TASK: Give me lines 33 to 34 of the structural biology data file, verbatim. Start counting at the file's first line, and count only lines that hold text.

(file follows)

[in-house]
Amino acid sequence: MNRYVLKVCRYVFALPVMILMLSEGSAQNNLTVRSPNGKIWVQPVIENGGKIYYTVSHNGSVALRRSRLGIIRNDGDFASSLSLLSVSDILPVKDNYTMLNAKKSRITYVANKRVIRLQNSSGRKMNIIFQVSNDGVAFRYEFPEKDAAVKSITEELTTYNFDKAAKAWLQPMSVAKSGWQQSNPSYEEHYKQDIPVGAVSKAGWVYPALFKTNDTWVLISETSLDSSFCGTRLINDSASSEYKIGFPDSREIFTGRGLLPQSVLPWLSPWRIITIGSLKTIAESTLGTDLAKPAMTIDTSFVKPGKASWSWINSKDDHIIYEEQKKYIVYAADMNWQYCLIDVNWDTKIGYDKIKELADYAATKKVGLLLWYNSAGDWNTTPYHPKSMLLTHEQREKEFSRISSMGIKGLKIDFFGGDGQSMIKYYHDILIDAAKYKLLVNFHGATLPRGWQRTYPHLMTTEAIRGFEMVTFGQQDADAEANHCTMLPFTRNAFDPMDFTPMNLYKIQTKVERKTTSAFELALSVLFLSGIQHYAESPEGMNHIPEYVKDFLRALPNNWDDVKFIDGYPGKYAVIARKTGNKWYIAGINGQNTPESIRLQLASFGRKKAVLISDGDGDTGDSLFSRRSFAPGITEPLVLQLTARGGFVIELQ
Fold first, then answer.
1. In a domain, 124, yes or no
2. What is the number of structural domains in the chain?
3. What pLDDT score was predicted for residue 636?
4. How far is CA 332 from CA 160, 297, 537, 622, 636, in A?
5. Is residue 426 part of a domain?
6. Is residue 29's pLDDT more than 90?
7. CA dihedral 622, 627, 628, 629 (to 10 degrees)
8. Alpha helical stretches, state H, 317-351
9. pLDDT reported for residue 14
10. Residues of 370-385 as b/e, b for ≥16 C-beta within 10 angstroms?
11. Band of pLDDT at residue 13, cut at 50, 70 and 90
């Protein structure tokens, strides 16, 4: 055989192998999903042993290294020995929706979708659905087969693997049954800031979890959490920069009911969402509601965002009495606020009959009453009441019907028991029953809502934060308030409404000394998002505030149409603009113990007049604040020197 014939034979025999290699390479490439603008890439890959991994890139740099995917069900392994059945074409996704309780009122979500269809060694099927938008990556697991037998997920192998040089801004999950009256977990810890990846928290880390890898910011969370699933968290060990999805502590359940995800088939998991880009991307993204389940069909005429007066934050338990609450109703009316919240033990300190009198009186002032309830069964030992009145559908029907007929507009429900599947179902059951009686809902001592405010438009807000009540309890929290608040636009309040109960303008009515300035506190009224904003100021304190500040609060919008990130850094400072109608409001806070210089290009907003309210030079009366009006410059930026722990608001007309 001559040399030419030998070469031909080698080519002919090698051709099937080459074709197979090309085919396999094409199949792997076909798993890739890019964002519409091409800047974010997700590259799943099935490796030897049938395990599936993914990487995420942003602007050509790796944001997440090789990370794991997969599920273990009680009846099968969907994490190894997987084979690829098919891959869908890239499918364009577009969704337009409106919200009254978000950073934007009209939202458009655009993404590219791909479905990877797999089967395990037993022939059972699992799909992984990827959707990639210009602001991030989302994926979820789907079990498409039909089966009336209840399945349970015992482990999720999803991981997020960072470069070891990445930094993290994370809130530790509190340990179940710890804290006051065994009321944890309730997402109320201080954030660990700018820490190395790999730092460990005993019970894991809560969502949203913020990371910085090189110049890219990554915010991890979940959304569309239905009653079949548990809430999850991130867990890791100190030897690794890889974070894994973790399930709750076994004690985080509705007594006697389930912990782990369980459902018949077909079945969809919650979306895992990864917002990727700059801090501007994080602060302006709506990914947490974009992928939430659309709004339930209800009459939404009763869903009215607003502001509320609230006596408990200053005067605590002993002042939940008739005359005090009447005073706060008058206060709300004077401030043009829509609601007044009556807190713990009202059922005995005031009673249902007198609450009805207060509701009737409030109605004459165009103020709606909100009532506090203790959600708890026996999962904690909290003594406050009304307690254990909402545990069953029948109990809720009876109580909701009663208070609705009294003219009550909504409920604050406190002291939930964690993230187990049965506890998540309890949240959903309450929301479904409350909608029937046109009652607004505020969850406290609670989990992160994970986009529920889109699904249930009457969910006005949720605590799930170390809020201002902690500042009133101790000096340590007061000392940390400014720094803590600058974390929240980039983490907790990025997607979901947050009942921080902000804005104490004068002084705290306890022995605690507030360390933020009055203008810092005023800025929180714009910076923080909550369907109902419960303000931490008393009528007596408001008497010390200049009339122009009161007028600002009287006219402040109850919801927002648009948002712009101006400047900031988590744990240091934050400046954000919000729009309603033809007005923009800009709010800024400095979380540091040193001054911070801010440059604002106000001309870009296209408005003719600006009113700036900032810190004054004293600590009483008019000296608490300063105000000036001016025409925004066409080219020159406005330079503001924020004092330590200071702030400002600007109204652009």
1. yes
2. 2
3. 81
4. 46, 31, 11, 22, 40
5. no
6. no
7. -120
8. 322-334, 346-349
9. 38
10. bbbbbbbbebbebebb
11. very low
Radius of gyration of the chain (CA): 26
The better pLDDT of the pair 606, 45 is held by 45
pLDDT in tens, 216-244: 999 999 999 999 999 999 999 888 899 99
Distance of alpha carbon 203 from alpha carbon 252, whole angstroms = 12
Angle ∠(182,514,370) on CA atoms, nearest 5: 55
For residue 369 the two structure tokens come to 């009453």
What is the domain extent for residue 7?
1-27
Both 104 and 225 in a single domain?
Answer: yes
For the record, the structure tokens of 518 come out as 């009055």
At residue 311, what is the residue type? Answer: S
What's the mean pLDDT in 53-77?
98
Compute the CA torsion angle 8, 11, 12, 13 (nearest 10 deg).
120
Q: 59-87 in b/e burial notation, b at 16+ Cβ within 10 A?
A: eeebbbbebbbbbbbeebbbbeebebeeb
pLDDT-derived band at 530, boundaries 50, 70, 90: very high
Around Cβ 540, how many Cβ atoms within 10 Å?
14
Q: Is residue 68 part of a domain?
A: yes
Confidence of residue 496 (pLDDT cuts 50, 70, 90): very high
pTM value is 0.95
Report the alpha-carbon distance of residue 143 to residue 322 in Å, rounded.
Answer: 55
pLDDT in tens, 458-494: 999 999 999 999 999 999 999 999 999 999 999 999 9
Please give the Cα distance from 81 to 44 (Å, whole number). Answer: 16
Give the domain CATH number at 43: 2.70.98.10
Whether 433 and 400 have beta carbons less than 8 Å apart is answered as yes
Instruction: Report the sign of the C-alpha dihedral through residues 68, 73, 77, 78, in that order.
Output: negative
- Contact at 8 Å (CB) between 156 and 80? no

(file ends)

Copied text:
What is the domain extent for residue 7?
1-27